Days Of Change

Reporter: Jasmine Homer

Gary Warden and Julian Ilich are men on a mission to save the world, one household at a time. Julian says "This internal drive that you have when you do something that you believe is making a difference is unbelievable."The former high flyers gave up corporate careers and six figures salaries to found Days of Change-- a movement aimed at promoting sustainable living."Why would you give up all that money to do something like this Gary? Well the first thing I'd say to that is that we haven't given up anything and we don't look at it as having given up anything." Gary lives in Perth's hills. "I think our livestyles have improved immeasurably as a result of the changes we've made."

Gary says "Even though I had an enormous salary, we had an enormous mortgage and we managed to spend just about every cent that we actually earned and the stress levels that went with that as well, a big mortage and being effectively in chains."He and wife Toni downsized from a Shenton Park mansion. Now they're building an even more sustainable home.A lot of what they eat comes from the garden...fruit, vegies, herbs, eggs, even fish. "We have about 75 silver perch in here at the moment. And you actually eat them for dinner? Yes we wait till they get to plate size and then they're ready for eating."

Switching to green energy has slashed their power bills.The petrol guzzler's gone - replaced by a hybrid car, bikes and the bus. Gary says "I've got seat 1 deep reserved on the transperth bus from Kalamunda instead of seat 1 deep reserved on Qantas."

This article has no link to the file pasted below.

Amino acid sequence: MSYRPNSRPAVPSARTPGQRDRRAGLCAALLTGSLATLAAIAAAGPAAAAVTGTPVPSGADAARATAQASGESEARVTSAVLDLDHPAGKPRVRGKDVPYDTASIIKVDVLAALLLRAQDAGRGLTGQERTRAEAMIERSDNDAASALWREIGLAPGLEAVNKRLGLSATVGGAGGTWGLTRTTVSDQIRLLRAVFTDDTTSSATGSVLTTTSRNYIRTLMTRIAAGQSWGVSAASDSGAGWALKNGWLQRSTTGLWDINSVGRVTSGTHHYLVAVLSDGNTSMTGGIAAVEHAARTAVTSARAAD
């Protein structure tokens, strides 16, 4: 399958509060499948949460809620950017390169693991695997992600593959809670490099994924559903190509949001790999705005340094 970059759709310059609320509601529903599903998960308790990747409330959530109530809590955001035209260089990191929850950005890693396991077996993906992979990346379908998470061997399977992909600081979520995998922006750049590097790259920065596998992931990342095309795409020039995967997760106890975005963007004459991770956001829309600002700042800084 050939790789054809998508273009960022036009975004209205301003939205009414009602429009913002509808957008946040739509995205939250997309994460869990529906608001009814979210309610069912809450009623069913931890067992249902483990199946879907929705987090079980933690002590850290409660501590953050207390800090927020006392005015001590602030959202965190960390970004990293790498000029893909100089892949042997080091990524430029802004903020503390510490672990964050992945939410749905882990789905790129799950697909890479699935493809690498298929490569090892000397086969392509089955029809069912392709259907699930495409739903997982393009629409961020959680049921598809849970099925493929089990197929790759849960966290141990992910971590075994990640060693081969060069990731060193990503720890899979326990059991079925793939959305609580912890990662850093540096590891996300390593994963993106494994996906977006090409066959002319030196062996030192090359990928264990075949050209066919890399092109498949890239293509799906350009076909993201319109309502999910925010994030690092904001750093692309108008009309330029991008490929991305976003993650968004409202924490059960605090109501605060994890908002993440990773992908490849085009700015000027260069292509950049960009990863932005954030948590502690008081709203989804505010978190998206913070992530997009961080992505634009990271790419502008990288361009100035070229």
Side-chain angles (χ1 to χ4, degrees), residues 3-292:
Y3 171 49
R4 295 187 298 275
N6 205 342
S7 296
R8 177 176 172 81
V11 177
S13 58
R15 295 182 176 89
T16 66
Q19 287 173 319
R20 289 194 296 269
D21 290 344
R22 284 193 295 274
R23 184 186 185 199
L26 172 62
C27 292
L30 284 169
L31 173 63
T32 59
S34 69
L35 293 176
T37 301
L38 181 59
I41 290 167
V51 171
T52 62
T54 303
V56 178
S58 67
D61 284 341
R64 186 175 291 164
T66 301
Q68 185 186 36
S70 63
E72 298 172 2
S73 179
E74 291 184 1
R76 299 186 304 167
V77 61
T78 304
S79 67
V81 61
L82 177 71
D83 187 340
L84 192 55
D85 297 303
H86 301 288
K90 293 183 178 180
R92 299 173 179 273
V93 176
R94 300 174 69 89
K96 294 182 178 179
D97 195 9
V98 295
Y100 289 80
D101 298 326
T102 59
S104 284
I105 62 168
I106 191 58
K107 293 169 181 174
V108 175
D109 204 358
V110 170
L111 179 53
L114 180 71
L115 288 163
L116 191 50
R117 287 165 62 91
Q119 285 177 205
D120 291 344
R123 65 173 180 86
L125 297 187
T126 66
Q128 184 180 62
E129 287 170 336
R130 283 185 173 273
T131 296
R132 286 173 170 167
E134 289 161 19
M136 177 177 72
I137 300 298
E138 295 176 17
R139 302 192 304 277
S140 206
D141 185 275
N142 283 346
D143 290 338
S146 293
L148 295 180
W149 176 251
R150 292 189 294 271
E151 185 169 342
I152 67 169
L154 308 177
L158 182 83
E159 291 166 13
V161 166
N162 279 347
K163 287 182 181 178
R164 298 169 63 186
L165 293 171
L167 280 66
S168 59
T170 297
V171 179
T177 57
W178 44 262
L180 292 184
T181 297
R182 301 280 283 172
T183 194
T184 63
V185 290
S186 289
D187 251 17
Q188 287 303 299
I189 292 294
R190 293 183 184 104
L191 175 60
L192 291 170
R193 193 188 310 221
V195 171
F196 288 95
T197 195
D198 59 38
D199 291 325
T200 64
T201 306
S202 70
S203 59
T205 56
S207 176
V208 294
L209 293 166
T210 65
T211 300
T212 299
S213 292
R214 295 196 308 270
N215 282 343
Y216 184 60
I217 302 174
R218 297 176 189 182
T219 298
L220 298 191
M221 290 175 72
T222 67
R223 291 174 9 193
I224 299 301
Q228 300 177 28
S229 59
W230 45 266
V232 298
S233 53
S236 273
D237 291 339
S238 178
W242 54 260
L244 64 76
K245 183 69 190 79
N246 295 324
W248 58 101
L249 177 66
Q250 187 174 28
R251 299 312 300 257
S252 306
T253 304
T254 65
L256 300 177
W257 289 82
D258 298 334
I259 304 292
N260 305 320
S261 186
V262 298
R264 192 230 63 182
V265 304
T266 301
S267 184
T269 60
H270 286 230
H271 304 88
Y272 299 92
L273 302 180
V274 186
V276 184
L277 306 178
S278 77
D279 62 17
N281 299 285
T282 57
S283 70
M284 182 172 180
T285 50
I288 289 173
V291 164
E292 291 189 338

Days of Change is about reducing your carbon footprint one step at a time. You can register online from tomorrow and choose from a list of "pledges".

Start simple; replace plastic shopping bags and switch off appliances at the wall.

Then, think big. Julian says "Upgrading your car to a more efficient car, could be a hybrid or just a smaller more efficient vehicle. Things like getting your house sustainability assessment done."

Gary says "People get motivated by logging on and seeing their house on google map and just seeing the number of people around them in their suburb who are participating." Julian says "I would actually be happy to die tomorrow. It wouldn't bother me because I really feel like I'm working on something that I'm proud to say I'm doing."

The household pledge card is in today's West Australian or you can pick one up from any IGA store.

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